Why is Washington State a great place to film?

Washington is a great place because it has all the different geography you could ever want to shoot any feature film or television series whether that be forest, desert, or even the city. You also get true seasons to suite any weather the script calls for. It snows in the winter time, is hot in the summer, crisp in the fall, and warm and rainy in the spring.  

What do you enjoy most about the work that you do? About being on set?

Each day is never the same. You’re always having new experiences on set. My favorite thing on set is being able to see and be apart of how a film or television episode is made. People do not realize how may people it takes to make an episode. You can spend hours shooting a three minute scene and it takes 70 people to make sure that it is perfected. 

What would you like legislators to know about the incentive renewal?

This incentive basically creates jobs for people here in Spokane and the state.  The incentive is what brings films and shows into the state. Without the incentive, a lot of people will lose work.  If we do not get the incentive renewal, I fear for what I would have to do with my career. I want to stay in Washington. I want film to grow and more television series to be filmed here. I love Washington State!

Photo Credit: Daniel Schaefer

House Lobby Day Cancelled on 5/17

May 11th, 2017 Posted by blog 0 comments on “House Lobby Day Cancelled on 5/17”

We learned today that House members will no longer be in Olympia on Wednesday, May 17th, so we have put our House Lobby Day on hold. Don’t despair though, there are still ways to act today!

The Keep Film in WA team is organizing a handful of meeting for key legislators. Do you live or work in one of our targeted districts?

District 3: Represents the heartland of the downtown Spokane area, extending to the North Side and South Hill.

District 38: Represents part of Snohomish County including Everett, Marysville and Tulalip.

District 47: Represents part of southeast King County including part of Kent, Covington and Auburn.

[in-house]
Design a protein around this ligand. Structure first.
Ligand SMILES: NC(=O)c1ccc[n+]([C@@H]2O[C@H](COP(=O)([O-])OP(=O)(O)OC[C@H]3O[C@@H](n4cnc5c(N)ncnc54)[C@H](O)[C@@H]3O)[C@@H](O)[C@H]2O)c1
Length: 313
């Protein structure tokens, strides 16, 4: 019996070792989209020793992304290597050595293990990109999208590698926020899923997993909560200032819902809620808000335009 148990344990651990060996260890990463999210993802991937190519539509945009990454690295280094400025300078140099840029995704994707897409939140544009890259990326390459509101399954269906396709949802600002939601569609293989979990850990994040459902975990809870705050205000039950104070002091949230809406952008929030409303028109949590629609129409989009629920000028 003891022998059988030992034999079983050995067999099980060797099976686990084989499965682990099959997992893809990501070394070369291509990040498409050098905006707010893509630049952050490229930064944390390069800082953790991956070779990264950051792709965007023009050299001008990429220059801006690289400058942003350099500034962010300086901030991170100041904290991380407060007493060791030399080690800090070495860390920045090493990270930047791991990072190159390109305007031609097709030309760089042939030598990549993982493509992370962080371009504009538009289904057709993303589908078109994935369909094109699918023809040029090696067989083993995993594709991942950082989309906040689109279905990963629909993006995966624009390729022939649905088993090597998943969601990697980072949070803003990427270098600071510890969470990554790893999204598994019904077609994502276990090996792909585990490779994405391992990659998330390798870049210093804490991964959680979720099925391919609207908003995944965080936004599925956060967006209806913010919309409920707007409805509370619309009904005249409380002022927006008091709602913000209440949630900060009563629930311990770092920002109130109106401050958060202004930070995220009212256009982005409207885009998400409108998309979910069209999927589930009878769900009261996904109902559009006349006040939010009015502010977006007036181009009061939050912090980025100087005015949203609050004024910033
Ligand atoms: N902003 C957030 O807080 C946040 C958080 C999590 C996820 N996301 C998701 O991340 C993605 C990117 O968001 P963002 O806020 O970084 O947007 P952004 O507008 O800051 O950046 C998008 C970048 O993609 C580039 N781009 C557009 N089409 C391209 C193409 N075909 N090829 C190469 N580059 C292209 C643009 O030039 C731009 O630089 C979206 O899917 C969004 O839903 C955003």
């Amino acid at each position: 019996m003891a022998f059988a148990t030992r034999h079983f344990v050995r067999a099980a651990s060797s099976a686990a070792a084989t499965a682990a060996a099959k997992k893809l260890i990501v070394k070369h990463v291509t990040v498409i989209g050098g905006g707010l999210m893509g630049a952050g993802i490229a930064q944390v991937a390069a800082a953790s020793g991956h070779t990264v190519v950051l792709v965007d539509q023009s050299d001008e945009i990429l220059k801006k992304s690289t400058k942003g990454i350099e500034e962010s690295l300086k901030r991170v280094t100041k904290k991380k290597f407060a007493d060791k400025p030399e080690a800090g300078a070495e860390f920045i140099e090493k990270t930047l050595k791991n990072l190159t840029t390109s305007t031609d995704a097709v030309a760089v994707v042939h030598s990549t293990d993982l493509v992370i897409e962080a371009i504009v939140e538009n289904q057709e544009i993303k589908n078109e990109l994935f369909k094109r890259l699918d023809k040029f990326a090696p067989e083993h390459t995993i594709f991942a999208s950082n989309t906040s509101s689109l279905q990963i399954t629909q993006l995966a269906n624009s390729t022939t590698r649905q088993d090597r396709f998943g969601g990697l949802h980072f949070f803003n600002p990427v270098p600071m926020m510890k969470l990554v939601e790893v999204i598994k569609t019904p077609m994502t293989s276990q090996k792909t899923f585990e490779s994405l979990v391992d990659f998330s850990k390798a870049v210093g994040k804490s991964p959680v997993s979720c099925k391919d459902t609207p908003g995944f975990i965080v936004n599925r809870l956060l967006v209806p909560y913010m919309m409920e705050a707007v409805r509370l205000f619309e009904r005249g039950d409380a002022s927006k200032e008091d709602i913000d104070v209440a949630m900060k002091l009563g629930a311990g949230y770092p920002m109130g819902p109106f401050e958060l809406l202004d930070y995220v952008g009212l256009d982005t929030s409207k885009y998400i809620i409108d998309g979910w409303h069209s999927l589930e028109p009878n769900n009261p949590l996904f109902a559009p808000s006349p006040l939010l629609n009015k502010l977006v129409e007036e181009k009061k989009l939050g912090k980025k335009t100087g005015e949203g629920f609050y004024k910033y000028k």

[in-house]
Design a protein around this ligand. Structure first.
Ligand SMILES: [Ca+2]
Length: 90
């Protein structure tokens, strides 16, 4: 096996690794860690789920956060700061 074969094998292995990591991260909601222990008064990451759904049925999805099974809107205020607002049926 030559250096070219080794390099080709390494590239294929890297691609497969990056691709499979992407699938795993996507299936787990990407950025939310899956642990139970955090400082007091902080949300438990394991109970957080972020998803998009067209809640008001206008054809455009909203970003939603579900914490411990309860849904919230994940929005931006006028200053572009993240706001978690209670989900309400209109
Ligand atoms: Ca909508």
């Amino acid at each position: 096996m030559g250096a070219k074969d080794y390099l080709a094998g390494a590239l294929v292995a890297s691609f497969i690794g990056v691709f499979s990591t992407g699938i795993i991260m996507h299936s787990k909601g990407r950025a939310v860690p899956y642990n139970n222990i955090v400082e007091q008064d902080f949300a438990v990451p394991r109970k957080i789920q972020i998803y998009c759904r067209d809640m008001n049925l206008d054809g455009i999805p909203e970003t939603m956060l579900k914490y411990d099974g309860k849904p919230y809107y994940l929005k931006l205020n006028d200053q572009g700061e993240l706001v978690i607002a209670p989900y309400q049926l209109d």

District 48: Represents part of King County including part of Bellevue, Kirkland, Redmond, and all of Medina, Clyde Hill, Yarrow Point and Hunts Point.

If you live in one of these districts and would like to participate in these very important meetings, please email Washington Filmworks Executive Director Amy Lillard at Amy@WashingtonFilmworks.org.

It has been made clear to the Keep Film in WA campaign that the only way the Motion Picture Competitiveness Program will get included in the final budget is if constituents reach out to their elected officials. If you aren’t in one of the districts listed above, don’t let that stop you. Please write and call your Senator and Representatives and ask that the Motion Picture Competitiveness Program get included in the final budget.

Faces of Film: Hummie Mann

May 10th, 2017 Posted by Faces of Film 0 comments on “Faces of Film: Hummie Mann”

“I wear two hats as part of the film industry—I am a composer of film scores and I teach people to compose music for films. Even though I live in Seattle, my music is heard around the world. I made the choice to make Seattle my home and want to be able to maintain a creative career here. Through my teaching, I train tomorrow’s film and video composers. Many of them have to relocate after completing the training because there simply is not enough work locally, so I am behind any government efforts to help support and grow the Washington film industry so that more of our local talented individuals can make a living through making films.”

– Hummie Mann

Faces of Film: Melinda Raebyne

May 5th, 2017 Posted by Faces of Film 0 comments on “Faces of Film: Melinda Raebyne”

“Washington state is blessed to have a very talented group of people in the film industry here, both those who work in front of the camera and behind it. However, if the state doesn’t get the much-needed incentive, these resources will go to other states that understand the importance of supporting the film industry. I recently finished shooting my short film that looks at mental trauma brought on by domestic violence. I would not have been able to make this film without the various sources of support that are currently available to me as a filmmaker in WA state, and because of this support I was also able to get some big businesses to donate to my film, one of which was Verizon.”

– Melinda Raebyne

District 33: M.O.P.Z.

May 5th, 2017 Posted by Production Spotlight 0 comments on “District 33: M.O.P.Z.”

“We love to bring projects, like Adult Swim/Cartoon Network’s M.O.P.Z., to Washington to work with our talented local crew and share with them all that the state has to offer. It’s great that these kinds of projects get national distribution and we are so pleased that M.O.P.Z. brought director Todd Rohal back to the state for another production.”

– Lacey Leavitt, Executive Producer, M.O.P.Z.